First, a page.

Re: DSM: Sudbury Schools in an Urban setting
Thu, 1 Feb 2001 16:53:17 EST

In a message dated 1/31/01 1:18:55 PM Pacific Standard Time, writes:

<< I'm thinking there would probably have to be some sort of certification for
 explorations outside of the school. The safety issues would be different.
 Instead of knowing about the dangers of the pond or bugs, the kids would
have to
 be aware of gang members and crime. Things that we all have to be aware of
 city dwellers.

I'm curious as to how this could work?
Do some schools actually certify people for explorations outside of school?

It seems an unreasonable for schools to be making decisions, on a case by
case basis, as to who is qualified to look after themselves in the world.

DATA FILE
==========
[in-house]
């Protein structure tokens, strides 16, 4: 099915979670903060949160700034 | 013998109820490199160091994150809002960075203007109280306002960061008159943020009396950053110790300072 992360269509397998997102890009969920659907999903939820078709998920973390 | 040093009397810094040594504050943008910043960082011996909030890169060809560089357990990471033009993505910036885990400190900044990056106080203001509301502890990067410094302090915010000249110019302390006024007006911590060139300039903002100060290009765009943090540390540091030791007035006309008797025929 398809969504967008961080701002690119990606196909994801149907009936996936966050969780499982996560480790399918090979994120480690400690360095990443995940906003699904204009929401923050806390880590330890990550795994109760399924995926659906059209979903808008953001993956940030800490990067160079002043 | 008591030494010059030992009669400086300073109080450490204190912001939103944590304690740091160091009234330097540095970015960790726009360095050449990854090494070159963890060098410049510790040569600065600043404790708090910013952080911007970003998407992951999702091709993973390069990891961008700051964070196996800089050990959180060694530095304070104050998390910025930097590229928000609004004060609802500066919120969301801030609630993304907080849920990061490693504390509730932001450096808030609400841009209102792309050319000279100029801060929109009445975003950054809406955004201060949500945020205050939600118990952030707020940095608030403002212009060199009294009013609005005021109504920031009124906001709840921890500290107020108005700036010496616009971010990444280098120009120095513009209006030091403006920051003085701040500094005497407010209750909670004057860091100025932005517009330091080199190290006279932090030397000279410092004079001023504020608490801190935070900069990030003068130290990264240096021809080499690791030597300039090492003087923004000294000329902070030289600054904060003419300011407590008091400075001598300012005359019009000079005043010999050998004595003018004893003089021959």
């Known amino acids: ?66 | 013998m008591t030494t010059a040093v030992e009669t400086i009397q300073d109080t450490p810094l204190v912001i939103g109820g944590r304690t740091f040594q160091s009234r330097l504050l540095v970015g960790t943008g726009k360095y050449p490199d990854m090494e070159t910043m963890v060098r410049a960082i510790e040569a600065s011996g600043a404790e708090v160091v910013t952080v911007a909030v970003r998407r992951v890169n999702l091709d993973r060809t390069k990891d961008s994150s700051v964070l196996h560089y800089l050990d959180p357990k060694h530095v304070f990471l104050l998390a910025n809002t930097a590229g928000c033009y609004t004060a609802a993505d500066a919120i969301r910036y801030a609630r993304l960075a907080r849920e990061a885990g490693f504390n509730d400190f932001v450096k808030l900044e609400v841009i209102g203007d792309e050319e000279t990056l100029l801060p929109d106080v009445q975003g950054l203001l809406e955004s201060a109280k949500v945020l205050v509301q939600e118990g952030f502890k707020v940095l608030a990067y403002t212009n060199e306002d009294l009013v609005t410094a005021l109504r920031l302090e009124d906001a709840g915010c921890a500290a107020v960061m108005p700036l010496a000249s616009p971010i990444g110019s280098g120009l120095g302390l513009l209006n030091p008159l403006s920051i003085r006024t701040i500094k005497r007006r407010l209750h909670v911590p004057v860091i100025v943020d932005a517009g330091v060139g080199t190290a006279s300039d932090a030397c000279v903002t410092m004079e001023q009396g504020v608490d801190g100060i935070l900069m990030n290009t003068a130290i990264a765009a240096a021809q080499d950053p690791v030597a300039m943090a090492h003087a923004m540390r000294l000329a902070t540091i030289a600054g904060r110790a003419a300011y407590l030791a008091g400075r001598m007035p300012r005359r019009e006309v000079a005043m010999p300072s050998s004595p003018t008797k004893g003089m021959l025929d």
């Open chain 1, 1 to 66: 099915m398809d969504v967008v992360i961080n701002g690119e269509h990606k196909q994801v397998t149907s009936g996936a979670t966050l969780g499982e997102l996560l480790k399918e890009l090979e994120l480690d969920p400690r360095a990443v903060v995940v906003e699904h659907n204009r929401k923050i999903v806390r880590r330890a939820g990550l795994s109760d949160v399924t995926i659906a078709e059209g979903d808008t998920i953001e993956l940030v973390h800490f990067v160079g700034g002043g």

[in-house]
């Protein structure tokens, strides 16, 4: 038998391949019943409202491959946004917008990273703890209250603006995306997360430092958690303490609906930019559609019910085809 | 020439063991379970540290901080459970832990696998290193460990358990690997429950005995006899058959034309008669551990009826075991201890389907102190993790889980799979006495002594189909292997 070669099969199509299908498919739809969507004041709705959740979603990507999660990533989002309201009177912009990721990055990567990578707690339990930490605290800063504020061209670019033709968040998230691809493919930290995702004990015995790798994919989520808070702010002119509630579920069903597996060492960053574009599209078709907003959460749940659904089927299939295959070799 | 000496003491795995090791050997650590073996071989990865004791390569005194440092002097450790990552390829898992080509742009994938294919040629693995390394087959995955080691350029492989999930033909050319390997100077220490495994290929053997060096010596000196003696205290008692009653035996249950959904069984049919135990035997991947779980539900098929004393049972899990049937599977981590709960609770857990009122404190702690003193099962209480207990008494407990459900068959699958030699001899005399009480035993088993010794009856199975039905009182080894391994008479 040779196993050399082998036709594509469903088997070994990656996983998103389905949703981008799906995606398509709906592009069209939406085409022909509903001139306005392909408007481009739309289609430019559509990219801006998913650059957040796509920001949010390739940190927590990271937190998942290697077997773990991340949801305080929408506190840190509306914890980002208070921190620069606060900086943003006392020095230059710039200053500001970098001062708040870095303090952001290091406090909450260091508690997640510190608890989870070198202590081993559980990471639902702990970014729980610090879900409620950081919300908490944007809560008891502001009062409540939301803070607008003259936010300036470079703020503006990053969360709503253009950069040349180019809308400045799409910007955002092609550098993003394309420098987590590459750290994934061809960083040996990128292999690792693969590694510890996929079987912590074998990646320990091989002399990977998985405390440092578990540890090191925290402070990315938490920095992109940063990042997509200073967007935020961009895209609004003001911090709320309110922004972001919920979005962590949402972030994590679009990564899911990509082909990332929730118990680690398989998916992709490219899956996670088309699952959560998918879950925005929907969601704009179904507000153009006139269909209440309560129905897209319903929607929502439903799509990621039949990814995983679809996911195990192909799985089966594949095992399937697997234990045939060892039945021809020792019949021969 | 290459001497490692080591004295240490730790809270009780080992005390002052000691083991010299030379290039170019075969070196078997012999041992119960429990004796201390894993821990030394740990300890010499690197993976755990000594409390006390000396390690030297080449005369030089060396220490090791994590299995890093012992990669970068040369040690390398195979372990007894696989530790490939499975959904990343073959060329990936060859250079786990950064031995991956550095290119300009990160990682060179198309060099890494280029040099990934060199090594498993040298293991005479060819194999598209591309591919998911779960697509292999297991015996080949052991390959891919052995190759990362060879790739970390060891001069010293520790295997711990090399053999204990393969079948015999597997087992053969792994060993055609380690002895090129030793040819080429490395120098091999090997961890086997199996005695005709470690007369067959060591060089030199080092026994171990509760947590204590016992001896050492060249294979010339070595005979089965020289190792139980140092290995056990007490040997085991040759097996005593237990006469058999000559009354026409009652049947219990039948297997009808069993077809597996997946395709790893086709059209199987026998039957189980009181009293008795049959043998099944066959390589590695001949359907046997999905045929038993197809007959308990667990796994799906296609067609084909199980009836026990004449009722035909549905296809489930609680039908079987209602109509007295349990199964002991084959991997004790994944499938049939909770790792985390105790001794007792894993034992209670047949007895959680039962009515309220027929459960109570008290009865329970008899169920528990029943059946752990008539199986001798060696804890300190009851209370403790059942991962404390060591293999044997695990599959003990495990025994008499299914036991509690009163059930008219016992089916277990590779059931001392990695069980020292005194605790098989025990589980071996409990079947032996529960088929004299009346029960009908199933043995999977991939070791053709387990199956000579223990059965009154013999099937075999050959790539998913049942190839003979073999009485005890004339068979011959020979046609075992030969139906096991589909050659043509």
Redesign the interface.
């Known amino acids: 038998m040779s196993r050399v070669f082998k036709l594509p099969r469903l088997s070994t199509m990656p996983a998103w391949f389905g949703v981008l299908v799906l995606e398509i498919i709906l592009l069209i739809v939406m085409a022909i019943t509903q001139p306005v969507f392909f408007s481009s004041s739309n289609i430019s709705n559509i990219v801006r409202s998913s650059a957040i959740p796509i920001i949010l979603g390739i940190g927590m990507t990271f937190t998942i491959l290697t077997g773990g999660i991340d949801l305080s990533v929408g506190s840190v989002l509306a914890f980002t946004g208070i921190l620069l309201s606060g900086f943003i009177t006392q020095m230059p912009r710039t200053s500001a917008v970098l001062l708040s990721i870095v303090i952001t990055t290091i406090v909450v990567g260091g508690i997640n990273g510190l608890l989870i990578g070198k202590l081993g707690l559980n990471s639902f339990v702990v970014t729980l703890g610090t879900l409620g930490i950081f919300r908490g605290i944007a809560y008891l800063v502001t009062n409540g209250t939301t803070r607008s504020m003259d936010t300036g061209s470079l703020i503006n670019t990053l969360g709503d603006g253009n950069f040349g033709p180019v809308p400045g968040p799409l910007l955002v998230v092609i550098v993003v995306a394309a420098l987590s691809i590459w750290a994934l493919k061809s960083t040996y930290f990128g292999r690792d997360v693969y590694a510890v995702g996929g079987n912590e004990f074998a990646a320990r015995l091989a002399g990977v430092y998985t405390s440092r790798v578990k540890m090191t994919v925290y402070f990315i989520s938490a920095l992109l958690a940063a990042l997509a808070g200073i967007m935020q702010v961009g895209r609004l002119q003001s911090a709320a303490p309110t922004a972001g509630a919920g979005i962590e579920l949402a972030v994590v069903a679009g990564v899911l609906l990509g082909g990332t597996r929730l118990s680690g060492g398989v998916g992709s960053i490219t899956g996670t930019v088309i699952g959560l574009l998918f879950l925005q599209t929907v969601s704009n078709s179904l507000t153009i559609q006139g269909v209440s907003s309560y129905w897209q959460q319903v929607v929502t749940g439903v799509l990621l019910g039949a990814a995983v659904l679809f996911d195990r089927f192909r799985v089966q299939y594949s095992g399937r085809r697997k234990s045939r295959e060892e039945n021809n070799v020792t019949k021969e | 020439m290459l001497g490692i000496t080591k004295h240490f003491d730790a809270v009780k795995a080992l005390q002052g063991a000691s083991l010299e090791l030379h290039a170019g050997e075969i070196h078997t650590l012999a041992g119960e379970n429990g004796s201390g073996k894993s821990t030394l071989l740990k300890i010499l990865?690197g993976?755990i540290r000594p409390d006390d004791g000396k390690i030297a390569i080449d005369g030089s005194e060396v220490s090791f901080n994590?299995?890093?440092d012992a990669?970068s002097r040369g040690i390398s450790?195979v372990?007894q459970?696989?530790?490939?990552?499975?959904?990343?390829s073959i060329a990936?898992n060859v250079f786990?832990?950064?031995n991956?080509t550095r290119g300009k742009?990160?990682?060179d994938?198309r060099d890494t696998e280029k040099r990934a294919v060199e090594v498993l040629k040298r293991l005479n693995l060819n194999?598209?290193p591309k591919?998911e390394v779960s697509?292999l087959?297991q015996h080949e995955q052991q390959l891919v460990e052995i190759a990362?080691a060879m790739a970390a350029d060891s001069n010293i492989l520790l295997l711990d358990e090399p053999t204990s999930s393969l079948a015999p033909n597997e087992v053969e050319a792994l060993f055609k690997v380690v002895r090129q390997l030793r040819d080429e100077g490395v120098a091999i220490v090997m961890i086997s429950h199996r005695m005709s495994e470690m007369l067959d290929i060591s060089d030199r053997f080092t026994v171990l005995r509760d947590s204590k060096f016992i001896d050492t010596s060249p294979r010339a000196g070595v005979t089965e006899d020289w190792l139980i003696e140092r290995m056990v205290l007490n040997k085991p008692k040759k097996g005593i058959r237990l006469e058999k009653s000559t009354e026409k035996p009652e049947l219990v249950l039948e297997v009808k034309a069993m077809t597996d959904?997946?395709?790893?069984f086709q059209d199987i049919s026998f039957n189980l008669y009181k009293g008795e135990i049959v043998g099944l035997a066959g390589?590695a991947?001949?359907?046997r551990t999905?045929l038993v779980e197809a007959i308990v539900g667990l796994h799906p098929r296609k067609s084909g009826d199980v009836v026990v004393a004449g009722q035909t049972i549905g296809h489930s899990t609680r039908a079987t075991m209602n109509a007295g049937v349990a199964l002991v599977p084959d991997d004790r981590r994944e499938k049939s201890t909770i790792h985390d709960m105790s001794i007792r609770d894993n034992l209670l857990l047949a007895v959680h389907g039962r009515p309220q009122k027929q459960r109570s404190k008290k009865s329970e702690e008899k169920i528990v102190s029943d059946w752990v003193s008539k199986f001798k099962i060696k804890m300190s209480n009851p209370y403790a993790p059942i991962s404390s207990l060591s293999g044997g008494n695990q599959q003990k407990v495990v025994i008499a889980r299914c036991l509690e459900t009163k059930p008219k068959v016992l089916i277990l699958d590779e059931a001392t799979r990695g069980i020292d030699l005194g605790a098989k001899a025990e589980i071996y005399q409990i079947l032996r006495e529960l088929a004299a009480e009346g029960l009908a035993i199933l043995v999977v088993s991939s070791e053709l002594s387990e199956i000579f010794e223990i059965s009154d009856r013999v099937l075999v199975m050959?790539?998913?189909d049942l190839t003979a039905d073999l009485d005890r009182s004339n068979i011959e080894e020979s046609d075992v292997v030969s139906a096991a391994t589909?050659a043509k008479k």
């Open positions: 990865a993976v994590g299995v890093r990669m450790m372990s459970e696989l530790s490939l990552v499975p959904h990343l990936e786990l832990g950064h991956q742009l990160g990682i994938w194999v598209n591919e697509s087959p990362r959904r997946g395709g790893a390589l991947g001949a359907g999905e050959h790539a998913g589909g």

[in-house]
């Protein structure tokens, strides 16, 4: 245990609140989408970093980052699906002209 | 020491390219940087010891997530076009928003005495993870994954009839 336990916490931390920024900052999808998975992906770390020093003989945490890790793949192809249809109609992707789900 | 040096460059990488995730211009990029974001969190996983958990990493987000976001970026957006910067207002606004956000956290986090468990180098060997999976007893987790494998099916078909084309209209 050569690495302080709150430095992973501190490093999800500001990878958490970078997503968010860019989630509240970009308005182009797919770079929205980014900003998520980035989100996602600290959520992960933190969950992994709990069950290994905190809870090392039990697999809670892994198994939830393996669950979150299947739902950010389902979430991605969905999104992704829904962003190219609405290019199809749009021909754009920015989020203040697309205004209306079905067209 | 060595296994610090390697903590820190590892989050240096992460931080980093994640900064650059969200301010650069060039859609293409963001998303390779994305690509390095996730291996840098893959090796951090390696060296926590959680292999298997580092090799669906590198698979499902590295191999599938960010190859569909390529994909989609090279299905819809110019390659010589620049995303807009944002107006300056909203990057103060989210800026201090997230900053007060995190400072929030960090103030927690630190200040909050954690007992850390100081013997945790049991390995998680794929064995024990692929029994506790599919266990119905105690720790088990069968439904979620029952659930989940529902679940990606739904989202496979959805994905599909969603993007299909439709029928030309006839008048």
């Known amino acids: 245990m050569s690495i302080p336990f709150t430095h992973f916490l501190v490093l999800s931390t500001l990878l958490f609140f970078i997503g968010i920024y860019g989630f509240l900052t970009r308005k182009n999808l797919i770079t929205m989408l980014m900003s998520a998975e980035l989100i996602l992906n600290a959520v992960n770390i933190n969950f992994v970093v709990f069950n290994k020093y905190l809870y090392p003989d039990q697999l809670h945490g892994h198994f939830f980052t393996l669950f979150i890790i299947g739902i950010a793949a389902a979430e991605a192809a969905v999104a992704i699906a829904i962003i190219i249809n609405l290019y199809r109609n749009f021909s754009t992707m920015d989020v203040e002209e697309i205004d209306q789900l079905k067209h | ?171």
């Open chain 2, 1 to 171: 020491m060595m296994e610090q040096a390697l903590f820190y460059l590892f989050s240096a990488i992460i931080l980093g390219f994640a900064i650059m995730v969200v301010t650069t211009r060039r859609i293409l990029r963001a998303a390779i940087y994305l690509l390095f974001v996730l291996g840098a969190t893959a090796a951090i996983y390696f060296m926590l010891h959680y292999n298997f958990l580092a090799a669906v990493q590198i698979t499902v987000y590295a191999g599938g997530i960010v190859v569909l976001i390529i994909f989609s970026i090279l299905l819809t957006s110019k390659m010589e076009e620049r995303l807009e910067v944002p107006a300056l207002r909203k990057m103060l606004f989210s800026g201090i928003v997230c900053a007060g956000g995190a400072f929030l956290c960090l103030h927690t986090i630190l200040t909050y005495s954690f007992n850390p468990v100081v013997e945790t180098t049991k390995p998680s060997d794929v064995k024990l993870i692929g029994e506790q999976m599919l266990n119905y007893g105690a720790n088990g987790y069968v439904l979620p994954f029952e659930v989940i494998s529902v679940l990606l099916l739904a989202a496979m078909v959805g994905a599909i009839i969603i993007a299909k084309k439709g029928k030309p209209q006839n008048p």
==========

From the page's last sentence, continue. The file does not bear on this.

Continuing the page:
At Fairhaven, where we had woods and streams, and icy winters, we didn't
"certify" people to explore them, (on or off campus.) Instead, we made every
effort to be forthright with potential students and their parents about these
and other possible areas of concern.

I think you are right in that there would have to be a great deal of
awareness of the safety concerns particular to an urban setting. Admissions
interviewers would be wise to discuss ome of these in detail with potential
enrollees. My experience is that kids who grow up in cities acquire
street-smarts very early in life, as they are relevant to their survival,
just as kids from any background learn the rules of safety that are relevant
to them.

Ultimately, parents need to decide if they think their children can be
responsible for their own well-being, before sending them to any Sudbury
school. For some, this means trusting their children to respect their (the
parents') rules and limits. For others it means trusting the child will make
good decisions on his or her own.

I'm starting to get distracted here. (I have JC in two minutes.) I hope
this is clear.



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